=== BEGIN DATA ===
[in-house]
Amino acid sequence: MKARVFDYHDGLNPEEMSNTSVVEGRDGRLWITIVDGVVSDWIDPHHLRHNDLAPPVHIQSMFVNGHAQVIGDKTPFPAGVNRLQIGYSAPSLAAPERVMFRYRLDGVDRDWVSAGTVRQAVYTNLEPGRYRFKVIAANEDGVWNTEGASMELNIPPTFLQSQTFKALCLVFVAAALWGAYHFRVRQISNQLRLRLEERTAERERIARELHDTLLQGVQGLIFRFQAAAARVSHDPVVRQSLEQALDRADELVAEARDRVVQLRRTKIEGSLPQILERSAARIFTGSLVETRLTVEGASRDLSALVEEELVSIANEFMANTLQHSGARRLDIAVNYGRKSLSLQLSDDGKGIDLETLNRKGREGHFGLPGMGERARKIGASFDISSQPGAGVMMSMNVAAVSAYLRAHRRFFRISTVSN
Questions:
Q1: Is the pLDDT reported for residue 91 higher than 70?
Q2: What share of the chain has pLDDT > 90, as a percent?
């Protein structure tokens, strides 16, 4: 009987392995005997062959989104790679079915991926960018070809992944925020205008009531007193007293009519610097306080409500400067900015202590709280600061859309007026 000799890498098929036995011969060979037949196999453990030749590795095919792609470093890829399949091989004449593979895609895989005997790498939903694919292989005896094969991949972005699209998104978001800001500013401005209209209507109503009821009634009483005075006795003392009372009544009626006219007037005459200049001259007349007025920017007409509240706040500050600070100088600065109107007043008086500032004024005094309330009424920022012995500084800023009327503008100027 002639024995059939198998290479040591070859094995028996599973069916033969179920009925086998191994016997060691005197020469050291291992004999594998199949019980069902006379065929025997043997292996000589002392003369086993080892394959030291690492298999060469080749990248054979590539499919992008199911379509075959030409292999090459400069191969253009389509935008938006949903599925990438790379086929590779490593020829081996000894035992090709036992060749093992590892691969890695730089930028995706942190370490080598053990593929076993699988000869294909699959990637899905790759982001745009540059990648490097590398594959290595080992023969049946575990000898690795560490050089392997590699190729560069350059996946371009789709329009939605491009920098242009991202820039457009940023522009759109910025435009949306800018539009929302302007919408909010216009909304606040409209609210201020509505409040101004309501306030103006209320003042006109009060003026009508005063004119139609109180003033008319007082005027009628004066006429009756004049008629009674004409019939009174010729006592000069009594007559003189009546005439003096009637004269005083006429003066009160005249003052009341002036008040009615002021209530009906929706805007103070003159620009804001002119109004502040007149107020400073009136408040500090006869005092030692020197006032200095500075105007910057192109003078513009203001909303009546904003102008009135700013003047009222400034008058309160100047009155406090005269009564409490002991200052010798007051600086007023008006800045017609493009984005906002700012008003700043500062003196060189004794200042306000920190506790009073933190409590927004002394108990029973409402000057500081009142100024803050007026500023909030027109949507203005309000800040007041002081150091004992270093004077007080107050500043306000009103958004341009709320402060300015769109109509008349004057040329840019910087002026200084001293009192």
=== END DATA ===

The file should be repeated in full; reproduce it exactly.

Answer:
[in-house]
Amino acid sequence: MKARVFDYHDGLNPEEMSNTSVVEGRDGRLWITIVDGVVSDWIDPHHLRHNDLAPPVHIQSMFVNGHAQVIGDKTPFPAGVNRLQIGYSAPSLAAPERVMFRYRLDGVDRDWVSAGTVRQAVYTNLEPGRYRFKVIAANEDGVWNTEGASMELNIPPTFLQSQTFKALCLVFVAAALWGAYHFRVRQISNQLRLRLEERTAERERIARELHDTLLQGVQGLIFRFQAAAARVSHDPVVRQSLEQALDRADELVAEARDRVVQLRRTKIEGSLPQILERSAARIFTGSLVETRLTVEGASRDLSALVEEELVSIANEFMANTLQHSGARRLDIAVNYGRKSLSLQLSDDGKGIDLETLNRKGREGHFGLPGMGERARKIGASFDISSQPGAGVMMSMNVAAVSAYLRAHRRFFRISTVSN
Questions:
Q1: Is the pLDDT reported for residue 91 higher than 70?
Q2: What share of the chain has pLDDT > 90, as a percent?
């Protein structure tokens, strides 16, 4: 009987392995005997062959989104790679079915991926960018070809992944925020205008009531007193007293009519610097306080409500400067900015202590709280600061859309007026 000799890498098929036995011969060979037949196999453990030749590795095919792609470093890829399949091989004449593979895609895989005997790498939903694919292989005896094969991949972005699209998104978001800001500013401005209209209507109503009821009634009483005075006795003392009372009544009626006219007037005459200049001259007349007025920017007409509240706040500050600070100088600065109107007043008086500032004024005094309330009424920022012995500084800023009327503008100027 002639024995059939198998290479040591070859094995028996599973069916033969179920009925086998191994016997060691005197020469050291291992004999594998199949019980069902006379065929025997043997292996000589002392003369086993080892394959030291690492298999060469080749990248054979590539499919992008199911379509075959030409292999090459400069191969253009389509935008938006949903599925990438790379086929590779490593020829081996000894035992090709036992060749093992590892691969890695730089930028995706942190370490080598053990593929076993699988000869294909699959990637899905790759982001745009540059990648490097590398594959290595080992023969049946575990000898690795560490050089392997590699190729560069350059996946371009789709329009939605491009920098242009991202820039457009940023522009759109910025435009949306800018539009929302302007919408909010216009909304606040409209609210201020509505409040101004309501306030103006209320003042006109009060003026009508005063004119139609109180003033008319007082005027009628004066006429009756004049008629009674004409019939009174010729006592000069009594007559003189009546005439003096009637004269005083006429003066009160005249003052009341002036008040009615002021209530009906929706805007103070003159620009804001002119109004502040007149107020400073009136408040500090006869005092030692020197006032200095500075105007910057192109003078513009203001909303009546904003102008009135700013003047009222400034008058309160100047009155406090005269009564409490002991200052010798007051600086007023008006800045017609493009984005906002700012008003700043500062003196060189004794200042306000920190506790009073933190409590927004002394108990029973409402000057500081009142100024803050007026500023909030027109949507203005309000800040007041002081150091004992270093004077007080107050500043306000009103958004341009709320402060300015769109109509008349004057040329840019910087002026200084001293009192």